|microTESE sperm retrieval||$3,500 to $5,500|
|Embryo freezing (includes 1st year of storage)||$1,000|
|Egg freezing (non-medical) (includes monitoring, stimulation, egg retrieval, 1st year of storage)||$7,600 to $9,000|
|Sperm freezing (includes 1st year of storage)||$700 to $800|
|Annual embryo or sperm storage||$400 to $500|
|ICSI (single sperm is injected into an egg)||$2,000|
|ICSI with surgically retrieved sperm (SRS)||$2,500|
|Computer assisted semen analysis (CASA)||$65 to $150|
|Kruger semen analysis||$300|
|Embryo biopsy for PGD/PGS||$1,800|
|PGS/PGT-A (pre-implantation genetic testing for aneuploidy)||$600/embryo, $2,000|
|PGD/PGT-M (pre-implantation genetic testing for mutation)||TBD|
|Vasectomy reversal surgery||$8,000|
|Tubal ligation reversal surgery||$6,000|
The above costs are based on prices listed by Ottawa Fertility Centre in Ottawa, ON, Pacific Centre for Reproductive Medicine in Vancouver, BC and Olive Fertility Centre in Vancouver, BC.
Surrogacy alternatives if you are having fertility problems
If you and your partner are having difficulty conceiving, there are many ways a doctor can help you. Before offering any treatment, they will most likely work with you to address any lifestyle factors that may be hindering your chances of becoming pregnant.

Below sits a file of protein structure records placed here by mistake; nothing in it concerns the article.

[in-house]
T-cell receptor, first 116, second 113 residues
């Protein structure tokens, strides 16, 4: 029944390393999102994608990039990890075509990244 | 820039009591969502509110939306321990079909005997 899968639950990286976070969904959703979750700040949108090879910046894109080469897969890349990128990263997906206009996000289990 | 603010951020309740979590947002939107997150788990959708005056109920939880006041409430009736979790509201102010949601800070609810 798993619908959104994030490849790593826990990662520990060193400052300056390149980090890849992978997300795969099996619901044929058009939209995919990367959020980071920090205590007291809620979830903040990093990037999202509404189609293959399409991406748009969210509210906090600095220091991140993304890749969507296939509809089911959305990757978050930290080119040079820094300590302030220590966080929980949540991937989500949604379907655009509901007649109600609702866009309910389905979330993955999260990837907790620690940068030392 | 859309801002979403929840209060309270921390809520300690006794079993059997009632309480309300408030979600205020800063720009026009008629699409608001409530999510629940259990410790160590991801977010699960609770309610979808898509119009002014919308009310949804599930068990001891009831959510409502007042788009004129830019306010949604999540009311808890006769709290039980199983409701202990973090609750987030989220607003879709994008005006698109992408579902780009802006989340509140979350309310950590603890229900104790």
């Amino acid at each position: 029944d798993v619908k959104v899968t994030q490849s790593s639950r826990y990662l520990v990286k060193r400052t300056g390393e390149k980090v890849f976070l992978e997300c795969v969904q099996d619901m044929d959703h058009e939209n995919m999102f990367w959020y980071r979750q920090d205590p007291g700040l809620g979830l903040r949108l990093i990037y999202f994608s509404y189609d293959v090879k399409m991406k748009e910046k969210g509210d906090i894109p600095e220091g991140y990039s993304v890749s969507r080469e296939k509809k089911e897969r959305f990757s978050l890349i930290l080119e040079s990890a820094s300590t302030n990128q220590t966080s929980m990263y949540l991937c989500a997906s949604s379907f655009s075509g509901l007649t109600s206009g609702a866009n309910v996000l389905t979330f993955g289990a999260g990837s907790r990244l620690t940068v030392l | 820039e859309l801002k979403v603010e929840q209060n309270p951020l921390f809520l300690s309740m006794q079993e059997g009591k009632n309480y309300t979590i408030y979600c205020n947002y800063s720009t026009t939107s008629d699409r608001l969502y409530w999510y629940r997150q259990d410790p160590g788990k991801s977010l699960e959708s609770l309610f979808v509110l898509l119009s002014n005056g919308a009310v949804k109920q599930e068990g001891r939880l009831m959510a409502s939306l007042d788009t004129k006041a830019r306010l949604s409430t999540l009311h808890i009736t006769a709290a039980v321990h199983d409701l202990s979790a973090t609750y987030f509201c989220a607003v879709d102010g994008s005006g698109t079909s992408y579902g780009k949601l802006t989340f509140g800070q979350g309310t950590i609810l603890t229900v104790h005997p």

If making lifestyle changes (such as improving your diet, losing excess weight, etc.) doesn’t help, it may be time to look at fertility treatments, as well as alternative ways to have a child.
Artificial insemination is usually the first option taken to increase the chance of pregnancy. A doctor inserts sperm directly into a woman’s cervix (Intracervical Insemination), uterus (Intrauterine Insemination or fallopian tubes.
This makes the trip shorter if there is a low sperm count, the sperm are not strong swimmers and bypasses obstructions such as irregular reproductive organs or endometriosis. or using an egg donor, which will allow an infertile woman to carry a child and give birth.
In Vitro Fertilization
One of the more common infertility treatments is IVF. This procedure involves combining eggs and sperm outside the body in a laboratory. Once one or more embryos form, they are placed inside the uterus.
IVF is a complicated and expensive procedure. In Canada, the average cost of IVF treatment is $10,000 to $15,000 per cycle, the medications add around $5,000 and genetic testing (to see if the embryo is likely to be successful) can add another $5,000 to $10,000. There are currently four provinces that offer financial assistance to residents undergoing fertility treatment, including Ontario, Manitoba, New Brunswick, and Quebec.